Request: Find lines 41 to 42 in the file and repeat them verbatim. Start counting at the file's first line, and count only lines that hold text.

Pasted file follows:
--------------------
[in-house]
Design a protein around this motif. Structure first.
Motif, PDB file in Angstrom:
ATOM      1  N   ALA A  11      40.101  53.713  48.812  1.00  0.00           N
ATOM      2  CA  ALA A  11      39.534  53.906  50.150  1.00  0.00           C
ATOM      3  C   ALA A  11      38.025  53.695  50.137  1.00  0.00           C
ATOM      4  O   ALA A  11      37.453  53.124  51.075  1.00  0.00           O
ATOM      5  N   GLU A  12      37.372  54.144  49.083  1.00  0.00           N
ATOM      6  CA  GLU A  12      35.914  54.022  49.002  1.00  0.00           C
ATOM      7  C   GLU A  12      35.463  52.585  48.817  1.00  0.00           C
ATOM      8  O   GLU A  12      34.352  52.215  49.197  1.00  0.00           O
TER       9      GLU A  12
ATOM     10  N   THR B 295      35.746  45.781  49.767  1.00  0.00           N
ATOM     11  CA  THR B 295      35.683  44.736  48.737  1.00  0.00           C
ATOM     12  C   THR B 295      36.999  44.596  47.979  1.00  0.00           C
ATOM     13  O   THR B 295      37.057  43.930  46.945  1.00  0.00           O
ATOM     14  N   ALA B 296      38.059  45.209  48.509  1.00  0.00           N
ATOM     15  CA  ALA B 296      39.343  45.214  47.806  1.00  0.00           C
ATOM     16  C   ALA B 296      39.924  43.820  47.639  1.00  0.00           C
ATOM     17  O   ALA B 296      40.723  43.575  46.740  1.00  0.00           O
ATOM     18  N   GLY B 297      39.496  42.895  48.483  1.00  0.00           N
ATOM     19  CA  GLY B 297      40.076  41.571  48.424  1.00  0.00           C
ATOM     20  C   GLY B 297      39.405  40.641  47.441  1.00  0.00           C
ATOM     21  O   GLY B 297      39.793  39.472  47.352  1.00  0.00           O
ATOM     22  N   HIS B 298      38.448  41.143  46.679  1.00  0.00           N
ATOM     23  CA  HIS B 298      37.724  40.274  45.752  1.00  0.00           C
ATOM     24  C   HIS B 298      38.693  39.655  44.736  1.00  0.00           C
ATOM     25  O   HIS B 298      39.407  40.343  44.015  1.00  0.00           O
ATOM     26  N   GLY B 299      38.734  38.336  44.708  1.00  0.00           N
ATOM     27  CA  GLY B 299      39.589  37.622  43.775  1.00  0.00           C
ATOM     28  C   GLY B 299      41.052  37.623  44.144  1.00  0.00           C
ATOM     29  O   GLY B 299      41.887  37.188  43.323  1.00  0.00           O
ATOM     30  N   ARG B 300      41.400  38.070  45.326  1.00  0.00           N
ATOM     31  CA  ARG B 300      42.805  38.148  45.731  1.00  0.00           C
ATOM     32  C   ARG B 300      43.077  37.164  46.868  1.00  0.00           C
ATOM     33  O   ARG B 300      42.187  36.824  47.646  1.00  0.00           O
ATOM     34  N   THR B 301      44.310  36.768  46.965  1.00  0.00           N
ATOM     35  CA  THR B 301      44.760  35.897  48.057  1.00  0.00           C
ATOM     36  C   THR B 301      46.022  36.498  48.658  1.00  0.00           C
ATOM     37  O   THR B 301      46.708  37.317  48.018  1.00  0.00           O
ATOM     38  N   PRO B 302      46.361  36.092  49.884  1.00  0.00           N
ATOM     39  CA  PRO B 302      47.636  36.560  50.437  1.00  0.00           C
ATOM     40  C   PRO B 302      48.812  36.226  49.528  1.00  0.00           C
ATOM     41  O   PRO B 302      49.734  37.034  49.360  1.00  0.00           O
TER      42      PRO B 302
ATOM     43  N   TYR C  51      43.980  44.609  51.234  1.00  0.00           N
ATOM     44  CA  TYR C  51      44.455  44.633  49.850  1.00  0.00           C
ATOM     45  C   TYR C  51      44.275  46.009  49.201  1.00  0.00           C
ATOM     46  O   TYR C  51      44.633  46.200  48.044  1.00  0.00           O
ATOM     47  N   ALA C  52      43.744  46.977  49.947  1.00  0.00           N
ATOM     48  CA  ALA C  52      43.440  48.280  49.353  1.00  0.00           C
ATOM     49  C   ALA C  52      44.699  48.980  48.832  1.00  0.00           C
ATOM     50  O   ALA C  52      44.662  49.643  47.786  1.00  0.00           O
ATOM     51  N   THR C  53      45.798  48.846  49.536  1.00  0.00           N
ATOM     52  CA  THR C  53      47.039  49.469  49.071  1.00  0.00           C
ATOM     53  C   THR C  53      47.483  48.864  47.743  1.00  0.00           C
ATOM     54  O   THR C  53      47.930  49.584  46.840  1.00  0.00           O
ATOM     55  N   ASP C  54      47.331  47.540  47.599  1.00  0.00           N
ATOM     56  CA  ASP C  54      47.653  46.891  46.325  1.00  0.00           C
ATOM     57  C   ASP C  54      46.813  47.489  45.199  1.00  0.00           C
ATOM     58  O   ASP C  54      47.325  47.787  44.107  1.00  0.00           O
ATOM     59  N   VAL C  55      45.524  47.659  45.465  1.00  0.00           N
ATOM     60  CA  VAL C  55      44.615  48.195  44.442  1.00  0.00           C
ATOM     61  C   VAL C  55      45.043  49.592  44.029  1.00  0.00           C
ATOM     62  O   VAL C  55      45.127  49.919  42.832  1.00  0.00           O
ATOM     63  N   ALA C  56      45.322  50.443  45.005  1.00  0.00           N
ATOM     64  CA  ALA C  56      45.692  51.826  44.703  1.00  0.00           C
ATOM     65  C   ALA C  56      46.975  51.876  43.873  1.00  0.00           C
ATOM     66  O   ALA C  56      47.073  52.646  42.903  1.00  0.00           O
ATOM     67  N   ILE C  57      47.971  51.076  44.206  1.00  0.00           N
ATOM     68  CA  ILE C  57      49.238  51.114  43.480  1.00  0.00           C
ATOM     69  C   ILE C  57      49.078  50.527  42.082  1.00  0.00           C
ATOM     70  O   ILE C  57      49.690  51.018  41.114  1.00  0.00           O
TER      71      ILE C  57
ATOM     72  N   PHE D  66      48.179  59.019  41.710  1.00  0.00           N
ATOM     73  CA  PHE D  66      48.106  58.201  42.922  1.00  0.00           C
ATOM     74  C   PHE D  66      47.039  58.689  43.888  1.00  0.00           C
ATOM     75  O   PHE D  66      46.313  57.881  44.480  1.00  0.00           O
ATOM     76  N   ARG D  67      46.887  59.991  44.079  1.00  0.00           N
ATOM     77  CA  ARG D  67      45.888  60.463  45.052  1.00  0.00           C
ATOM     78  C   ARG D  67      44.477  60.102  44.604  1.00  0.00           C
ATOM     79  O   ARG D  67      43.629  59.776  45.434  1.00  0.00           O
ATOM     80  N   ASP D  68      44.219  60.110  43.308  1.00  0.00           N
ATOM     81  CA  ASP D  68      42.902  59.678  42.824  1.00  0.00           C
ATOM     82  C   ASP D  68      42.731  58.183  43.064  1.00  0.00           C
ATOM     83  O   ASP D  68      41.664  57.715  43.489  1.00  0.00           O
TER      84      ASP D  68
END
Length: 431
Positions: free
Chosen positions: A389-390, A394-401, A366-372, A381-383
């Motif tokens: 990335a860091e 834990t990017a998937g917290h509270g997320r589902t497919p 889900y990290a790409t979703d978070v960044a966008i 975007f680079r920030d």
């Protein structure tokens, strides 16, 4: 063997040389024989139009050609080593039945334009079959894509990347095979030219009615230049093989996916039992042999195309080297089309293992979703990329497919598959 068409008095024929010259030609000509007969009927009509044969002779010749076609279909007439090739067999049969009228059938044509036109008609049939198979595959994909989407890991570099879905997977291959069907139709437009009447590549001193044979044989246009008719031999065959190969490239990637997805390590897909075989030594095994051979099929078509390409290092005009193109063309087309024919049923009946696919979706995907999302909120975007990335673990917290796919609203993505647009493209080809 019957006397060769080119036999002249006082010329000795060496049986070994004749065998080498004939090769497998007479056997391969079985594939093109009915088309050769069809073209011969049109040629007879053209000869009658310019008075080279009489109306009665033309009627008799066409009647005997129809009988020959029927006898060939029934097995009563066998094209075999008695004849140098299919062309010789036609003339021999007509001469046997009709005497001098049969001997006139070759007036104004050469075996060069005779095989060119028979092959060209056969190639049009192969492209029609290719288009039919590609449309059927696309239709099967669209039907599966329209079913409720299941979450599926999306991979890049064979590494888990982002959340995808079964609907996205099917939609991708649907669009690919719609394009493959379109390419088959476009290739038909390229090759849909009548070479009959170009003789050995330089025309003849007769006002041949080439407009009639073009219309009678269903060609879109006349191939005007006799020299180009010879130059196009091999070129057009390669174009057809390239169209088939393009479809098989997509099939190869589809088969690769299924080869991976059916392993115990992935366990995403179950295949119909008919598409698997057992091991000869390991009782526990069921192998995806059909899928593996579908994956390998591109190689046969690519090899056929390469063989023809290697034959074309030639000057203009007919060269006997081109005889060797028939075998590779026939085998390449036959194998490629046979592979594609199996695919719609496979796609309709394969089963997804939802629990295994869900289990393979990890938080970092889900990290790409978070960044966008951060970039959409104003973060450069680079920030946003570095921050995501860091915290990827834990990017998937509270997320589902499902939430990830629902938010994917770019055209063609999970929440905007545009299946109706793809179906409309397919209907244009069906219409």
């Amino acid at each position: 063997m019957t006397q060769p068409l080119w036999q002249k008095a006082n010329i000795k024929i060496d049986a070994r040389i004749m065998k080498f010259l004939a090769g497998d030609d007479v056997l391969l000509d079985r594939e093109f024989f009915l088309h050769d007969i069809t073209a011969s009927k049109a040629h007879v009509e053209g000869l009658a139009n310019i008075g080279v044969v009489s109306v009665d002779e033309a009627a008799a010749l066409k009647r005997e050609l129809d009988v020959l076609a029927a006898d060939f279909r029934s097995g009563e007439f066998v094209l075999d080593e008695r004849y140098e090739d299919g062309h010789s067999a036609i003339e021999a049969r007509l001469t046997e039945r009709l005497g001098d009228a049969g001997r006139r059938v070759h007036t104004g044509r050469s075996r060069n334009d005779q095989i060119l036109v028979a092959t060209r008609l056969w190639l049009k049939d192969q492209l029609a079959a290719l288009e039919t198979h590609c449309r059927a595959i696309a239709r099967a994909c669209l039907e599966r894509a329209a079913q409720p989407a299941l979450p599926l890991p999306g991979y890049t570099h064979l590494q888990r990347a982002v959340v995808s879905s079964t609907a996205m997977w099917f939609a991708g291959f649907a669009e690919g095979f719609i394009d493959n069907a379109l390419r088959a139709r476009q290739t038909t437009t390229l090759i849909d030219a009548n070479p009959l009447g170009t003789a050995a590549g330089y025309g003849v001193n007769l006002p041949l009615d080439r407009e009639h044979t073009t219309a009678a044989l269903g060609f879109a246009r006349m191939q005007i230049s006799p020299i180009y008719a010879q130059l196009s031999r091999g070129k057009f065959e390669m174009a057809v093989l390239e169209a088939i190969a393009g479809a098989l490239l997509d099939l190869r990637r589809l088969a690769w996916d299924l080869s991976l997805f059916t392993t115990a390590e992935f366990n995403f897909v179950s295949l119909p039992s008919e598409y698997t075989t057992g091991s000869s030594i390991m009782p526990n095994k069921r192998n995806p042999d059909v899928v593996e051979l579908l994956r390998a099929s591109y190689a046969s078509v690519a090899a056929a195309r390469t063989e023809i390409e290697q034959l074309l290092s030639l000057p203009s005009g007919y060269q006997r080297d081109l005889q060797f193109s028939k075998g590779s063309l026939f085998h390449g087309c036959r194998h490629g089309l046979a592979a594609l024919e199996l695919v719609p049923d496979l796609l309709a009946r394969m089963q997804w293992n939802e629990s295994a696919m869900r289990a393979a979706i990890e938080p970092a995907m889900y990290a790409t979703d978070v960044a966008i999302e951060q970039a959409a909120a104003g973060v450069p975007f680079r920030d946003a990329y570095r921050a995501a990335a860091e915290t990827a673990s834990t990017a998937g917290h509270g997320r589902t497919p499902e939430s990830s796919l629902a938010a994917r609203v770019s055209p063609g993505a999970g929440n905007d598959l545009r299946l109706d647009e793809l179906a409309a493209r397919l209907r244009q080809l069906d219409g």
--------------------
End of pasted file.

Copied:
ATOM     38  N   PRO B 302      46.361  36.092  49.884  1.00  0.00           N
ATOM     39  CA  PRO B 302      47.636  36.560  50.437  1.00  0.00           C